the general sentiment of the Board
when he noted that "this is the
only sensible thing we can do at
this time."
Regent Robert Briggs asked if
there "was any way we can soften
the blow with deferred payments?"
Wilbur K. Pierpont, vice-president
and chief financial officer, told
the Board that a deferred tuition
payment plan is presently avail-
able and that residence hall
charges may be paid on a monthly
basis.
Vice-President Niehuss explain-
ed that although the Legislature
recommends a large out-of-state
fee increase, "they can't tell us
how to charge to raise the money
we need."
Vice-President Smith said, "I
don't think tuition will go high
enough to discourage out-of-state
students."
Faculty members also expressed
concern over the University's fi-
nancial situation.
Prof. Peter Bauland of the Eng-
lish department, who is associat-
ed with the American Association

of University Professors, com-
mented, "This budget makes
things very grim. Salary wise, we
could start to slip out of the
league we play in with another
year like this. Commitments have
already been made for new pro-
fessor's salaries-the existing pro-
fessors are the ones that don't
know what they'll be getting."
"Our rating as far as salary
could go down nationally," he
commented, "and we could become
more vulnerable to loss of our pro-
fessors. However, money alone will
not cause a man to leave. Space,
clerical help, and good students

are inducements to teach at a
school as much as money is."
Dean Gordon Van Wylen of the
Engineering College, said "With'
out the resources of a larger bud-
get, we can't move into new areas
we should such as computer tech-
nology, space research, or ocean
engineering. Right now we're
handicapped by lack of equipment
-it will be more of a problem now.
Another year like this would be
devastating."
Prof. Wilbert McKeachie, chair-
man of the psychology depart-
ment, also said that clerical help
was the worst shortage in his de-

partment now and any cut would
be "terrible."
President designate of the Uni-
versity Robben Fleming said he
was not familiar enough with our
budget to comment on the effects
of the low figure, although he has
recently been through the same
thing in Wisconsin.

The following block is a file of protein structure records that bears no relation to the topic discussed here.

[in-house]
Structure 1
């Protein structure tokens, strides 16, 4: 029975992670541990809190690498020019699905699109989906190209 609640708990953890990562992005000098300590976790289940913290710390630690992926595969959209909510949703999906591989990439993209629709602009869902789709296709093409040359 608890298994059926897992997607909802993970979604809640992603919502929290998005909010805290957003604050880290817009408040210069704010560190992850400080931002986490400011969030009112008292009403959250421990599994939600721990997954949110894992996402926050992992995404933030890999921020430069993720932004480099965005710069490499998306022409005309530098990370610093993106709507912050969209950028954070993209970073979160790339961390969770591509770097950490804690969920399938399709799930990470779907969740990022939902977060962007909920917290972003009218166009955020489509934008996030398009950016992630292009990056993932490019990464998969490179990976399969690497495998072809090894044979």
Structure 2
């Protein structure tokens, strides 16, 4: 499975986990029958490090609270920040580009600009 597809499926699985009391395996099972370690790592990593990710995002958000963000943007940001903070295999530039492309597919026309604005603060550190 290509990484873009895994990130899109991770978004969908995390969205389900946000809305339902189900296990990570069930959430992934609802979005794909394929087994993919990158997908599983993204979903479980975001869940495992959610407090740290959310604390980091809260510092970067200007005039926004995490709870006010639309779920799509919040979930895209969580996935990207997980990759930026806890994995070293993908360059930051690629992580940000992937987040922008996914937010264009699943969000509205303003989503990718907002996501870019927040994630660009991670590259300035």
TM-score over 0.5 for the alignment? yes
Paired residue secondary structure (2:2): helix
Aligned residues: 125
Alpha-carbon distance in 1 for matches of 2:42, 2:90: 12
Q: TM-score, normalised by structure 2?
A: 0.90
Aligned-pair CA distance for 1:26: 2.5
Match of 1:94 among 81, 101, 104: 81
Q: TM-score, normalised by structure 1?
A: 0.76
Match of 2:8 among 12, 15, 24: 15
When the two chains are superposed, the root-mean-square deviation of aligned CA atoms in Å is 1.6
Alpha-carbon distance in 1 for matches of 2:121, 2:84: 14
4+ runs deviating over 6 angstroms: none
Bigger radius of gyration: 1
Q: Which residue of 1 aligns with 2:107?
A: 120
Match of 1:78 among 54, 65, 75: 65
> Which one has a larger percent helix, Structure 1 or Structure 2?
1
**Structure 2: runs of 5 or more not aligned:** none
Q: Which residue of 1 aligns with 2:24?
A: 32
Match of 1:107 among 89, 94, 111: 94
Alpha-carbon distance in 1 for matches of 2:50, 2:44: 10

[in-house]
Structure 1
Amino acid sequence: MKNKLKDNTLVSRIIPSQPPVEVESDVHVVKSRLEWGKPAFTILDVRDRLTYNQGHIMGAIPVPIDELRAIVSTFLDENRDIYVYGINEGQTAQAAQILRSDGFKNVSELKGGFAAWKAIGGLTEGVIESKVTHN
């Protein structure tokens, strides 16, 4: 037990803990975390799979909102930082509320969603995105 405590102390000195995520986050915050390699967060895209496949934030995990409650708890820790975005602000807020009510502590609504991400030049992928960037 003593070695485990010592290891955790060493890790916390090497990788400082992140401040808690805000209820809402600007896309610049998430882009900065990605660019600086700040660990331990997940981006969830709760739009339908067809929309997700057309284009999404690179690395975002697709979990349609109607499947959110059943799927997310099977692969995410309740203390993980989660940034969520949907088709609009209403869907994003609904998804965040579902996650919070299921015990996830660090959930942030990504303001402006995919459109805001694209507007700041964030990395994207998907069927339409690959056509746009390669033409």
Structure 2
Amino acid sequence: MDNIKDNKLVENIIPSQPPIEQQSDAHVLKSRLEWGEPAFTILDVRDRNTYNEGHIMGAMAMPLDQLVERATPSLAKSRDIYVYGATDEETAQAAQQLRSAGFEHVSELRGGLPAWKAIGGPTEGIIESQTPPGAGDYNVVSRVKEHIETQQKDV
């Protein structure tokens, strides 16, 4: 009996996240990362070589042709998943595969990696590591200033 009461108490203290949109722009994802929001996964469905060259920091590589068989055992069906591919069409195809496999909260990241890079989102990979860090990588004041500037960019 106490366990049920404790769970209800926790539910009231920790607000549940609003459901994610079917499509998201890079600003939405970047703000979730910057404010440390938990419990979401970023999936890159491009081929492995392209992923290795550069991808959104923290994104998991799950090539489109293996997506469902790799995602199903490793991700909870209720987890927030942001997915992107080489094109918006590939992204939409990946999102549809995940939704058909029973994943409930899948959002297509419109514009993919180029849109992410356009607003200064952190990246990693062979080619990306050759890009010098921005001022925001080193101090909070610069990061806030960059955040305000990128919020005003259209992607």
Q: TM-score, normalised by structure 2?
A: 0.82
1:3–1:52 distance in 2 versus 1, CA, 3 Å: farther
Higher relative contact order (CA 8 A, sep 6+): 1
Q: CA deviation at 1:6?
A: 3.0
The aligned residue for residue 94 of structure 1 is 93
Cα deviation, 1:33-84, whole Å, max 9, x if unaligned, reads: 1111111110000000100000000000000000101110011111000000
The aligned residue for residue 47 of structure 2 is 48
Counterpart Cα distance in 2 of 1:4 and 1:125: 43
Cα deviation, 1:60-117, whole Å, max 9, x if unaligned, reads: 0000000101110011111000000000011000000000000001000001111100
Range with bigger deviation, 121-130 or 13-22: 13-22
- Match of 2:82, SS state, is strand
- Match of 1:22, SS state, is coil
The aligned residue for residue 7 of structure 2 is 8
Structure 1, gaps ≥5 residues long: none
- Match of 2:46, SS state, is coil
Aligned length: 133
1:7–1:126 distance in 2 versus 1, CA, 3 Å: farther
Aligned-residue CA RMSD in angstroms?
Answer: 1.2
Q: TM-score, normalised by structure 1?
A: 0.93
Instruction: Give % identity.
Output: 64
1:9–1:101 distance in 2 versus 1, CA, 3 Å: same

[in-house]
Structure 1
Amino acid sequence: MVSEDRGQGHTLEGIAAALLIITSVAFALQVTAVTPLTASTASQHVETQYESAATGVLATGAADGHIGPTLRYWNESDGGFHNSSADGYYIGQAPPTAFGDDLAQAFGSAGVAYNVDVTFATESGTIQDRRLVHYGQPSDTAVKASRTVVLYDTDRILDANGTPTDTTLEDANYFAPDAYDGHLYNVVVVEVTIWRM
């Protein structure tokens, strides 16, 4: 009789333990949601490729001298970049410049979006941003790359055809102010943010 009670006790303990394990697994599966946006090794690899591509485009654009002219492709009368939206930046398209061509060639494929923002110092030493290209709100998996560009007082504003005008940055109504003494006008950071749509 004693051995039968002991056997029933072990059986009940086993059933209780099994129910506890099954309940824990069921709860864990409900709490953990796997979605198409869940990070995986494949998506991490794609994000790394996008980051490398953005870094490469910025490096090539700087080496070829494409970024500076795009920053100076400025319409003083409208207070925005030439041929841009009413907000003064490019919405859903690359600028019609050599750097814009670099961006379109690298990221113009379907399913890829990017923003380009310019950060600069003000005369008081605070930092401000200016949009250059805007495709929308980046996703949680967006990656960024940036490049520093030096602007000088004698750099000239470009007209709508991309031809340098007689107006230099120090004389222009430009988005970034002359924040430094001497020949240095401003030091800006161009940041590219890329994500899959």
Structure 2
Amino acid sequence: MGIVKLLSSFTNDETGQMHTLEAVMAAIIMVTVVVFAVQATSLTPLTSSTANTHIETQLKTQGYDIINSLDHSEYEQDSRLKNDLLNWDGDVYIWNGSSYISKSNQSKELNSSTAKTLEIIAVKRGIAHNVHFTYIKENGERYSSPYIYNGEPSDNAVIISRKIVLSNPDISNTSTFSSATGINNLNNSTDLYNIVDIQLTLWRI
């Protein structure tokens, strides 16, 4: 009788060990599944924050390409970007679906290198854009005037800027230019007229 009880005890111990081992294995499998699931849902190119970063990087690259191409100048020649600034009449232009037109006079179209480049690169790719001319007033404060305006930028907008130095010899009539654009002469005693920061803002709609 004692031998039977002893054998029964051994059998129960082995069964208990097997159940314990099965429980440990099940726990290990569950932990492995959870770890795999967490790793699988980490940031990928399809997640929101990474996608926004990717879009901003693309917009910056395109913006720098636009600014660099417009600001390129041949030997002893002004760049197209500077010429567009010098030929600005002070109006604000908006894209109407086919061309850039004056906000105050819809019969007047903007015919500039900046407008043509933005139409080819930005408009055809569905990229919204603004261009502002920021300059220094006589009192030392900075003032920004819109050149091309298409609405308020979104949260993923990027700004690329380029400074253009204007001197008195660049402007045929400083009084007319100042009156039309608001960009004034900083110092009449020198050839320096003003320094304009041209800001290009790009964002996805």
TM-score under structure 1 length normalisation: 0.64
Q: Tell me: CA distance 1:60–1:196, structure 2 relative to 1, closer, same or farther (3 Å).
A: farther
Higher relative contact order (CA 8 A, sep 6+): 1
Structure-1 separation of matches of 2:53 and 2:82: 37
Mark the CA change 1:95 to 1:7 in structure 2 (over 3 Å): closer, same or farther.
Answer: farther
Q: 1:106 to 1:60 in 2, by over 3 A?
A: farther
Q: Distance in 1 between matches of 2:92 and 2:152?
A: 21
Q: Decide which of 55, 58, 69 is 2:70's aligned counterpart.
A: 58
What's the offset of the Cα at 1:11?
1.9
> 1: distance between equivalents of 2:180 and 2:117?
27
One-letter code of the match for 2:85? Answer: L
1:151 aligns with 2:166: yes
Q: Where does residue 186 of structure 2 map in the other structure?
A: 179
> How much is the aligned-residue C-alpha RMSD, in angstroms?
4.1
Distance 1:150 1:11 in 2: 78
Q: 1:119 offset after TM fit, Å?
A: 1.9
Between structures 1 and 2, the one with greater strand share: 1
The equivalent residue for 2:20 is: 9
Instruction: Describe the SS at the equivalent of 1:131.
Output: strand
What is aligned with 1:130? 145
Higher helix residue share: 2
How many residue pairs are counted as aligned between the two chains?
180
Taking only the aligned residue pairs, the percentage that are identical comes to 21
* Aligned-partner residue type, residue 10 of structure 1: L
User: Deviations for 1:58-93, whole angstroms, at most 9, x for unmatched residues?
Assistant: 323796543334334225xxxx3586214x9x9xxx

"I am very disappointed about
it," he said.
Dean James Robertson of the
literary college, new director of the
Residential C o l1e g e, said he
thought the Residential College
wont suffer from the state appro-'
priation this year. But, he added,
"Now that there is a better tax
base, the state of Michigan could!
have supported the University with
more confidence and generosity."

Text of Hatcher's
Recommendation
It is recommended that I
Regents authorize payment
the July 1967 payrolls and I
continuation of other July o
erations, subject to the fin
determination of all sources
revenue for 1967-68, includi
an adjustment of the stude
fee schedules.
In considering the fee sche
ule changes, we intend to
sure that " no University
Michigan student will be pr
vented from continuing his e
ucation because of insufficie
financial support.

COMPARATIVE TUITION LEVELS
The following figures represent a view of the University's
undergraduate fees as compared to current levels at other col-
leges and universities in the state.

WELCOME, STUDENTS

The University
Michigan State
Wayne State
Eastern Michigan
Grand Valley
Western Michigan
Central Michigan
Northern Michigan
Ferris State

$348.00
358.50
312.00
240.00
315.00
300.00
300.00
300.00
275.00

$1,000.00
1.024.50
750.00
-600.00
750.00
600.00
600.00
600.00
590.00

I

MOMMA LOVES IT!

DAD NEEDS IT!

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The only good 15c hamburgers
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CINEMA GUILD'S obscenity case is presently awaiting judgment in the Ann Arbor Municipal Court.

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Tramlatedby DonlWatwon

ii SEPTEMBER 19- NOVEMBER 51